Recovery efforts in the aftermath of flooding from Tropical Storm Lee focused Monday on reopening roads and bridges, cleaning the grimy layer of mud left by receding waters and tallying millions of dollars in damage wrought by days of drenching rains last week.
For people in riverside towns prone to flooding, it felt familiar.
"The long haul now will be the money thing, the estimating, the recording, getting estimates on different things," said Mayor Norm Ball of Tunkhannock, a northeastern Pennsylvania town where parts of the business district were inundated by high waters from the Susquehanna River and tributaries. "It's quite a process; I've dealt with it before."
In Pennsylvania, about 1,100 customers were without power, more than 200 roads remained closed and 18 state and local bridges had damage, with 64 more on a precautionary list, emergency officials said Monday.
The state was establishing a joint task force to coordinate recovery efforts, with disaster response centers to be located in affected areas.
The tentative statewide death toll dropped from 13 to 11, a change that the Pennsylvania Emergency Management Agency could not immediately explain. The figure may be revised again as death certificates are issued.
More than a foot of rain fell in many communities over the five-day period that ended Friday, said meteorologist Jason Krekeler of the National Weather Service in State College.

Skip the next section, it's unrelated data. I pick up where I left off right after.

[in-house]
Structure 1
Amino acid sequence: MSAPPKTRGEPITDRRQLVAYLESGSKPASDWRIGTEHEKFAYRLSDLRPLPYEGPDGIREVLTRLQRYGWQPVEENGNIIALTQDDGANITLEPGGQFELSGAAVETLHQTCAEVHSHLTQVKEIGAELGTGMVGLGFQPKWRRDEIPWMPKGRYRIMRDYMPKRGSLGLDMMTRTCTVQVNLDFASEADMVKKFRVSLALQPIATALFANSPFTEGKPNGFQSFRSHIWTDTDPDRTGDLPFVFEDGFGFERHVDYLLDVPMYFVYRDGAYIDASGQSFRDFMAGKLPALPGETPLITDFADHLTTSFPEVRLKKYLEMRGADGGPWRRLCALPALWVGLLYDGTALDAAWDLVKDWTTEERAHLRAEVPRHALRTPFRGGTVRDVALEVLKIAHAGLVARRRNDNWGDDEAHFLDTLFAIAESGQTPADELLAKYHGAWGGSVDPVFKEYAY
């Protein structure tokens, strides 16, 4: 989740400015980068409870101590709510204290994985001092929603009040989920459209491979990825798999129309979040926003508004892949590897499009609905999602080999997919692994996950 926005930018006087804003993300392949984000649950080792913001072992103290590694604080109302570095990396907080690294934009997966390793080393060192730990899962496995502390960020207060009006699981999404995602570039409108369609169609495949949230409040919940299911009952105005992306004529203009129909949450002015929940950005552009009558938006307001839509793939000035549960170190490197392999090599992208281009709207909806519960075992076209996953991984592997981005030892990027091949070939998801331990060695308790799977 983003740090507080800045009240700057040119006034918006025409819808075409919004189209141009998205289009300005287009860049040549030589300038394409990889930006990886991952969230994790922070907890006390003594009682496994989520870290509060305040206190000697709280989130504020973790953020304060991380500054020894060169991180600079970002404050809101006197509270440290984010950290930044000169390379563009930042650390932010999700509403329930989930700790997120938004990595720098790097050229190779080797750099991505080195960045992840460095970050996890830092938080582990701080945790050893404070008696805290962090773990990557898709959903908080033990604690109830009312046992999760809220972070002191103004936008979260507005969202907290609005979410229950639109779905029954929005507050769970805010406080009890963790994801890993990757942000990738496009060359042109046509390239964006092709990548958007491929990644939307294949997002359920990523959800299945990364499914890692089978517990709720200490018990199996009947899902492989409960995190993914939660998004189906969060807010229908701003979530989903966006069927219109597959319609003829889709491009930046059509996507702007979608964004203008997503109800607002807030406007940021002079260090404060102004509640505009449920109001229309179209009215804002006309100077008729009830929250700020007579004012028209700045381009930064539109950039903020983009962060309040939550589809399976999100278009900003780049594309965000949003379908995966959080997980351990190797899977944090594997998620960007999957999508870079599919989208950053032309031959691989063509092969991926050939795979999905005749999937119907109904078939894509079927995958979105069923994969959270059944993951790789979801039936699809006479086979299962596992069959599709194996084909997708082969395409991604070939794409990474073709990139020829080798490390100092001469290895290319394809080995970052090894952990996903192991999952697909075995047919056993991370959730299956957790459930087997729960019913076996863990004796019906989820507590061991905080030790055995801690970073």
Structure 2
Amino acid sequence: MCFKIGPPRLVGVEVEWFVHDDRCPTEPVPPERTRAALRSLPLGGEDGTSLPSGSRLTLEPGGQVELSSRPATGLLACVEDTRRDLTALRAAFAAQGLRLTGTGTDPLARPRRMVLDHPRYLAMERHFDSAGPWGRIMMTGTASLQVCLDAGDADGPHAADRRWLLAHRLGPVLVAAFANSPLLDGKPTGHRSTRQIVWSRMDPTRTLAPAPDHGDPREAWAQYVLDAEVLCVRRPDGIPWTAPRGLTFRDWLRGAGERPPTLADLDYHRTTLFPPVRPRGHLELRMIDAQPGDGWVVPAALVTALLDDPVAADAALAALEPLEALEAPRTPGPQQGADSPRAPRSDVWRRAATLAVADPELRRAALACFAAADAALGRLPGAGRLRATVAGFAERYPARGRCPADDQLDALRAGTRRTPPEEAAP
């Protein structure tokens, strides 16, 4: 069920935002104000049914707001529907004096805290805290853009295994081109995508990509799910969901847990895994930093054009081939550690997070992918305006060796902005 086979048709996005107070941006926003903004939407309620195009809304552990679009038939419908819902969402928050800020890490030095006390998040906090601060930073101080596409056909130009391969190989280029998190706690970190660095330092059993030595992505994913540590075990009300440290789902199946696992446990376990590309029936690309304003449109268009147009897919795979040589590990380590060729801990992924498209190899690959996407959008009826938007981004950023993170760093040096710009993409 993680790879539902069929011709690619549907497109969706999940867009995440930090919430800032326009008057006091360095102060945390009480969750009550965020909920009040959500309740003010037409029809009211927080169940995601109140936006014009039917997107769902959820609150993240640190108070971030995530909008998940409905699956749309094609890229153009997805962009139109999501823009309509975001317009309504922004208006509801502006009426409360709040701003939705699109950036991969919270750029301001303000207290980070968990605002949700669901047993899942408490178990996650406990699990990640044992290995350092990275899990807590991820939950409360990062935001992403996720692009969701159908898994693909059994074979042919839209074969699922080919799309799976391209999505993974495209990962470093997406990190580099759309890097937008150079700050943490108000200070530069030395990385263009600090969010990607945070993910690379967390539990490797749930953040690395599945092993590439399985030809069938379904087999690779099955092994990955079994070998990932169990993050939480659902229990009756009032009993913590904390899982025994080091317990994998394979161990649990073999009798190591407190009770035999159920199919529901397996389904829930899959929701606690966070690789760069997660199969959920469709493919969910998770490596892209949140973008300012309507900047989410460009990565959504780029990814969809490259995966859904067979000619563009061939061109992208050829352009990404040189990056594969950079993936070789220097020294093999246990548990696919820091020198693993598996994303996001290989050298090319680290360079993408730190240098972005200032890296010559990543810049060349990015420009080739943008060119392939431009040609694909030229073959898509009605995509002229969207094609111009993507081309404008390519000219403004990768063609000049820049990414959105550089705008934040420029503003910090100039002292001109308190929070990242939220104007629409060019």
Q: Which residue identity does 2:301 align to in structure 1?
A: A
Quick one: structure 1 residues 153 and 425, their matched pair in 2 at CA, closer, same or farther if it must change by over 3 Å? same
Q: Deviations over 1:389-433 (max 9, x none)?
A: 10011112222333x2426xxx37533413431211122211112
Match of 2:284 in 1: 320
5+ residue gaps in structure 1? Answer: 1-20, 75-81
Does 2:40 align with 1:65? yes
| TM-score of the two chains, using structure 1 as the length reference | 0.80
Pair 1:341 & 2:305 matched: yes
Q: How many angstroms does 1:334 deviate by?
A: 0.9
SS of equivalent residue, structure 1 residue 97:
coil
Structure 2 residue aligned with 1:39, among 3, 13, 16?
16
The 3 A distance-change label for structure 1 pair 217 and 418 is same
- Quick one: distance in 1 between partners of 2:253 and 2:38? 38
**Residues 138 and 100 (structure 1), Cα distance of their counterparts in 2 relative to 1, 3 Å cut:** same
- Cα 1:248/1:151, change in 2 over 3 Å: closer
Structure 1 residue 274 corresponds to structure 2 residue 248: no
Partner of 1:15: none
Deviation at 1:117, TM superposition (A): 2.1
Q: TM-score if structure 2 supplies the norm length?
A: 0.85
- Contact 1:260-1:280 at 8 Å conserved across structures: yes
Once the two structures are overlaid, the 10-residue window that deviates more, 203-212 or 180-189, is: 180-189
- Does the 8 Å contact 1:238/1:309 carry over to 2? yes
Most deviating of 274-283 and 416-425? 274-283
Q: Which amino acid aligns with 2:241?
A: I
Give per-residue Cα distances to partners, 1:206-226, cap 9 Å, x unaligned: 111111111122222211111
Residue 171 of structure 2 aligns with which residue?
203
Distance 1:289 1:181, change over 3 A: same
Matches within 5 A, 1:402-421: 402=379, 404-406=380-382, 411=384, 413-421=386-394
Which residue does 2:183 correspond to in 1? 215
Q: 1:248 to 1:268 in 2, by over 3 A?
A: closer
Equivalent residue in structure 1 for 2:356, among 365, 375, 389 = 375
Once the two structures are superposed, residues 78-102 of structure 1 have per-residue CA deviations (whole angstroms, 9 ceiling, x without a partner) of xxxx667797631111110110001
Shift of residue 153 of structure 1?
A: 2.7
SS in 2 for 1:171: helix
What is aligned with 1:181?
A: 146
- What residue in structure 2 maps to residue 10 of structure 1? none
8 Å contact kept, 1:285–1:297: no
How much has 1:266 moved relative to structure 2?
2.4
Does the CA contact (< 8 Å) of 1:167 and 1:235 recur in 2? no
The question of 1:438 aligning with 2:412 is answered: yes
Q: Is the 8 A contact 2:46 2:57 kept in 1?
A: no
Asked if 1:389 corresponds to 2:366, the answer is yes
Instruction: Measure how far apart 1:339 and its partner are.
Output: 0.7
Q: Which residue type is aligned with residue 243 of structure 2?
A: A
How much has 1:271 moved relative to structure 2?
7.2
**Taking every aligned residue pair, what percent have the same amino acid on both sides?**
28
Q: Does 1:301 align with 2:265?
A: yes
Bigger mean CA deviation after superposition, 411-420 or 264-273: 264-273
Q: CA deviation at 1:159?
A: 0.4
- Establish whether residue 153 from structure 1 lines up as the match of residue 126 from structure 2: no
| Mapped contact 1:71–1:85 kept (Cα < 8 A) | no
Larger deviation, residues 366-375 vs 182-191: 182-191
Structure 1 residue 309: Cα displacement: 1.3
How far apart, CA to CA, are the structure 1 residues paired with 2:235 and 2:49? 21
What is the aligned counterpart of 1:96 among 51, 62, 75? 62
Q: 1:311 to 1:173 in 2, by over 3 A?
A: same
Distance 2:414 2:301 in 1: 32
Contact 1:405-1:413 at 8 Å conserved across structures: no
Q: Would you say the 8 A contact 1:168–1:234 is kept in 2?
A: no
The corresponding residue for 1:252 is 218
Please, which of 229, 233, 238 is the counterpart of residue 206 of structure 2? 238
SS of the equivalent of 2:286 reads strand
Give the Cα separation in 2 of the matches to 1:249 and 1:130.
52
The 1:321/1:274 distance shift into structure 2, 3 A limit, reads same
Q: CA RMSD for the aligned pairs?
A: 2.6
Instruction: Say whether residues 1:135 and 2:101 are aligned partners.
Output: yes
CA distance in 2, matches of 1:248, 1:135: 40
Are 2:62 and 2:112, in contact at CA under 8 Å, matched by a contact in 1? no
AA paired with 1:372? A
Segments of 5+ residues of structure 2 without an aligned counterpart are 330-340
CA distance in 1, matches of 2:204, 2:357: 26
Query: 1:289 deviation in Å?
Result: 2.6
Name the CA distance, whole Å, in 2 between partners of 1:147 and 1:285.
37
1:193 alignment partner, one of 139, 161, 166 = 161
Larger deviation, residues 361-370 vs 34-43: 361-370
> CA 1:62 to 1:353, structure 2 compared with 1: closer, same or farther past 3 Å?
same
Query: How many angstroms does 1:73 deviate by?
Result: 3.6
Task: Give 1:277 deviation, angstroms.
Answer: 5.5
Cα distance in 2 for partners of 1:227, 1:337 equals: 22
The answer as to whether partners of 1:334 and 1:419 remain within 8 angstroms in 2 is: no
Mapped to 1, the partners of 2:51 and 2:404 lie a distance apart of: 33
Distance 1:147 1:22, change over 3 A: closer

Harrisburg International Airport, which averages about 4 inches of rain in September, was deluged by 13.4 inches over that five-day period.
"One thing to keep in mind is, a lot of these areas were hit fairly hard by (Hurricane) Irene as well, with 3 to 4, 5 inches in some locations," he said.
Across the region, preliminary damage assessments were being conducted on the ground and by air because parts of the state are inaccessible, said Pennsylvania Emergency Management Agency spokesman Cory Angell.
He urged people with losses to report them to their local governments because the dollar value factors into the state's eligibility for federal relief.
As a sign that life was starting to return to normal, the American Red Cross said Monday that only two or three evacuation shelters remained open, down from 16 on Saturday.